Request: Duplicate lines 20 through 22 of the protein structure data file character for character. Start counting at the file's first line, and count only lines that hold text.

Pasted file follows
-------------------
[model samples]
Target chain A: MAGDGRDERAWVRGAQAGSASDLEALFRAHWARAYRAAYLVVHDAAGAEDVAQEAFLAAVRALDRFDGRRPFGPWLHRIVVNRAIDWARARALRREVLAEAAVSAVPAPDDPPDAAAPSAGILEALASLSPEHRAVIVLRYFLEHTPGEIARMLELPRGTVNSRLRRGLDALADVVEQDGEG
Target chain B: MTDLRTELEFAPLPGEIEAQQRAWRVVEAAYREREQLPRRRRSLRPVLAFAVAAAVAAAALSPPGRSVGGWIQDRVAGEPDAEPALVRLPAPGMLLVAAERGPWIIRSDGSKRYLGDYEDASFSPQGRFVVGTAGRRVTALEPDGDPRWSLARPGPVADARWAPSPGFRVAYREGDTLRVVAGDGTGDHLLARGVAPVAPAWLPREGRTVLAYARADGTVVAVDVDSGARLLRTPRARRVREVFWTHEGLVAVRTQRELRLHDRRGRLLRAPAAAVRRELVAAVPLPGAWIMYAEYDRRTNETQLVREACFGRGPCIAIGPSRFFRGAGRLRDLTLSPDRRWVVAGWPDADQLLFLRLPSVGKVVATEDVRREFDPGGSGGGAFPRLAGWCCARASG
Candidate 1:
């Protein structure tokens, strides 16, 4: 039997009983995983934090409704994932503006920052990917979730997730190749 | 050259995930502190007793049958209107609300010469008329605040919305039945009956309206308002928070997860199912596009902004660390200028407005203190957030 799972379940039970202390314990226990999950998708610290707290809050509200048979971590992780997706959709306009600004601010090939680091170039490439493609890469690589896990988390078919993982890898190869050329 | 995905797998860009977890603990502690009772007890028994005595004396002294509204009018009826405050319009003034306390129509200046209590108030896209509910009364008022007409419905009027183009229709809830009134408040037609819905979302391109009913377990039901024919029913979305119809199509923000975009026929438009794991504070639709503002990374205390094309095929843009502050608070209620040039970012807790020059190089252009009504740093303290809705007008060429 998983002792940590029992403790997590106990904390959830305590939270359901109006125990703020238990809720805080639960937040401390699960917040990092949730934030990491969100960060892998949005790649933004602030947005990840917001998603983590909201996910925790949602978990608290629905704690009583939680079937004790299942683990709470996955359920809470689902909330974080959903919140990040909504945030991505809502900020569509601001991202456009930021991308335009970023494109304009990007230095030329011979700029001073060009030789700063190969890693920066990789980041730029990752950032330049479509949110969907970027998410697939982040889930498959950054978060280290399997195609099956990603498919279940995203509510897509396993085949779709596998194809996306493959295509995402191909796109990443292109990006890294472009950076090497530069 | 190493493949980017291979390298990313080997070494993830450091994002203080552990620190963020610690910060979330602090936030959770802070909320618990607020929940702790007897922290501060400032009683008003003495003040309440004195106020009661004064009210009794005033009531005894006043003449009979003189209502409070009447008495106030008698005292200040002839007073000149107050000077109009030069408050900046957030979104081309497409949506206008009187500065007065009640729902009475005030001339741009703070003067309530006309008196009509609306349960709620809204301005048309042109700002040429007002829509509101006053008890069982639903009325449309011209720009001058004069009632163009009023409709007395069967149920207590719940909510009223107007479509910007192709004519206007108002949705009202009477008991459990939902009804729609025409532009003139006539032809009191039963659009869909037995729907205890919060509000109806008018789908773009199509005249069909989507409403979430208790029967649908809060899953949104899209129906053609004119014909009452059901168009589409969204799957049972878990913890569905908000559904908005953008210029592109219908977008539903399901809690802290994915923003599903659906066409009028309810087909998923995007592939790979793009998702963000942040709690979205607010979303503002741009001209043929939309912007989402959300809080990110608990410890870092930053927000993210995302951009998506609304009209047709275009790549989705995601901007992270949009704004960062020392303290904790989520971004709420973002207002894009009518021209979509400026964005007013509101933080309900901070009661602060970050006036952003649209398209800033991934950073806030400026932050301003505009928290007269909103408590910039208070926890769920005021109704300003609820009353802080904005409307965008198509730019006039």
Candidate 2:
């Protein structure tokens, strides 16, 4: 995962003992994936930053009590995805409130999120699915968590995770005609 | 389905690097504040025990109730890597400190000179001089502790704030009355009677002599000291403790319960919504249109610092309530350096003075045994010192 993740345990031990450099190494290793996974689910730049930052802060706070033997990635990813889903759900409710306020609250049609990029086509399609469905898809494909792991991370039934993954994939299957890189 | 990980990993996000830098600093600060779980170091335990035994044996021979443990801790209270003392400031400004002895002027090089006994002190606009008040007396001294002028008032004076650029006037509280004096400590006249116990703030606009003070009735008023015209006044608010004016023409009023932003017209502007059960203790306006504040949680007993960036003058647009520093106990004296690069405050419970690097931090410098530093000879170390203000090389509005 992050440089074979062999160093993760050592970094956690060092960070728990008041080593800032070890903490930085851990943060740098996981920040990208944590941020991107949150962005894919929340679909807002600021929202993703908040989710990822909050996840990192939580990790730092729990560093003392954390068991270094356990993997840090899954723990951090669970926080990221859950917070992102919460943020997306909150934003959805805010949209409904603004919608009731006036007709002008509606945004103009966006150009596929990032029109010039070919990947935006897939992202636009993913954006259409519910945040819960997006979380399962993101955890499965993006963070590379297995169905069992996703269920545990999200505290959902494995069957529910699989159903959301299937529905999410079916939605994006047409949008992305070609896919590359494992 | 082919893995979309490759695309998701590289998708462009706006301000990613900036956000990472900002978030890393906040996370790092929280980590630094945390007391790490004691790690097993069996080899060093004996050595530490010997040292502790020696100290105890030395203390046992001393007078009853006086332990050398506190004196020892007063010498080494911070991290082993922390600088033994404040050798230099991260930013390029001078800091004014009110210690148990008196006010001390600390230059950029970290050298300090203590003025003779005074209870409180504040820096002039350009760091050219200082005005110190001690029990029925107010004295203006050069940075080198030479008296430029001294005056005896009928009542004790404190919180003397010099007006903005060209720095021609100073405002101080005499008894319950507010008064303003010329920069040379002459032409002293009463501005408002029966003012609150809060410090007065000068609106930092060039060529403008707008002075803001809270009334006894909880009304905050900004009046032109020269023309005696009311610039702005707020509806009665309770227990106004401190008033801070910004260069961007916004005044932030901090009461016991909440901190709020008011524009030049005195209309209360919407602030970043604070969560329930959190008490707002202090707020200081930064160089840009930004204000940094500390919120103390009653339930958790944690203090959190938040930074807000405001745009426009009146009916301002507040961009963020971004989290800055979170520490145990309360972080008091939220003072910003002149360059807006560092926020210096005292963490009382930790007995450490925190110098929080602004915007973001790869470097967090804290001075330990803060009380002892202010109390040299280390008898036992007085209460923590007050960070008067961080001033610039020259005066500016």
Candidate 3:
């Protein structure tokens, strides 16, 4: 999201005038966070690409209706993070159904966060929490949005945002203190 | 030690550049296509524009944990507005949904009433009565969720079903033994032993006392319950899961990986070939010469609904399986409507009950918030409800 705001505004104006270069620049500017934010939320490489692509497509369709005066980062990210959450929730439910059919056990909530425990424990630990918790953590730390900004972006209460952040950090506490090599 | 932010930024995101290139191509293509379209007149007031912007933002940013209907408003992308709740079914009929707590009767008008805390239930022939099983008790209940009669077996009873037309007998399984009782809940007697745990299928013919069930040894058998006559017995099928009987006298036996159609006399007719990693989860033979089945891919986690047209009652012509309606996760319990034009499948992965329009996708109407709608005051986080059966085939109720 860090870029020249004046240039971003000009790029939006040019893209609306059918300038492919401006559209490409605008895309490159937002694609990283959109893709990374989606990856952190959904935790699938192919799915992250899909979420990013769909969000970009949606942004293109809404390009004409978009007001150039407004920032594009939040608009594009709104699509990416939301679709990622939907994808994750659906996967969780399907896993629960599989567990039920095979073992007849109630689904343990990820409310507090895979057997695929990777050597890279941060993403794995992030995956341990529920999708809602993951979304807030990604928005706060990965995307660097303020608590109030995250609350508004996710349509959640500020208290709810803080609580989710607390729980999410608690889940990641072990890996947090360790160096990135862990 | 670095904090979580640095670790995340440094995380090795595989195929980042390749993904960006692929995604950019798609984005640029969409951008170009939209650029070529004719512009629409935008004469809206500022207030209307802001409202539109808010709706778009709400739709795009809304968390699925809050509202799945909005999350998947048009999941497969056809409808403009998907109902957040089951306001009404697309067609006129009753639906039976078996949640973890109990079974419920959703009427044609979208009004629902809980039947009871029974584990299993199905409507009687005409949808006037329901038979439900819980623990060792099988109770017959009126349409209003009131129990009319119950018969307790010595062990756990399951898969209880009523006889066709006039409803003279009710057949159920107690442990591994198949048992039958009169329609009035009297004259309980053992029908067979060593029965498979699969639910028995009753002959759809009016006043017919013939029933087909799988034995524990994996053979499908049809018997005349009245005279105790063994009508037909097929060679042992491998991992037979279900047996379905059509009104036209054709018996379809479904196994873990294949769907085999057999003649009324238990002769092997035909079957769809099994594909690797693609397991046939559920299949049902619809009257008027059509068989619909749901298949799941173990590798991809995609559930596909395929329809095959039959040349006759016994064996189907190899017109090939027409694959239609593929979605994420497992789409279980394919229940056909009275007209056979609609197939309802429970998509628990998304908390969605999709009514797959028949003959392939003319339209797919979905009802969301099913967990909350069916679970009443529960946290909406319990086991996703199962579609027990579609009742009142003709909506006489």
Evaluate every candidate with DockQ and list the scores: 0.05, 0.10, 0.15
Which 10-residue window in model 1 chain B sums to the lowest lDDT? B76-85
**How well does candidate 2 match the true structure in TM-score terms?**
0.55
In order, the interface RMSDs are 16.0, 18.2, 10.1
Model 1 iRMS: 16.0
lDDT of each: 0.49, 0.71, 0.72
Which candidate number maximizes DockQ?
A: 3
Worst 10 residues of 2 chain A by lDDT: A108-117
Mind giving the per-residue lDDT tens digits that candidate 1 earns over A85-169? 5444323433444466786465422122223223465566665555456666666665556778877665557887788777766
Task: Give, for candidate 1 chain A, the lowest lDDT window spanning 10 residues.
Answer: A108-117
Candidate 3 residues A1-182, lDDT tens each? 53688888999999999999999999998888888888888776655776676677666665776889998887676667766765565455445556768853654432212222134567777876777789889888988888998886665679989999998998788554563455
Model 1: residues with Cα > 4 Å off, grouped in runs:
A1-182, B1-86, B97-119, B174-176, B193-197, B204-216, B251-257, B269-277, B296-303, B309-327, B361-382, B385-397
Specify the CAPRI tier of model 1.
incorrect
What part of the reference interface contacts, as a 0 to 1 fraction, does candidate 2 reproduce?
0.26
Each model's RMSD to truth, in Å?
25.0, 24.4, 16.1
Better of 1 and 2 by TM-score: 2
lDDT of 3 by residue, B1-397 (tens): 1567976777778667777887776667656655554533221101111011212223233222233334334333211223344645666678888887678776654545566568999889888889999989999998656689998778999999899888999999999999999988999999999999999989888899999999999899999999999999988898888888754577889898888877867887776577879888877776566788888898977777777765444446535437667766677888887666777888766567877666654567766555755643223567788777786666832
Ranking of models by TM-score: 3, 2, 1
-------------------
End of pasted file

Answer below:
Mind giving the per-residue lDDT tens digits that candidate 1 earns over A85-169? 5444323433444466786465422122223223465566665555456666666665556778877665557887788777766
Task: Give, for candidate 1 chain A, the lowest lDDT window spanning 10 residues.
Answer: A108-117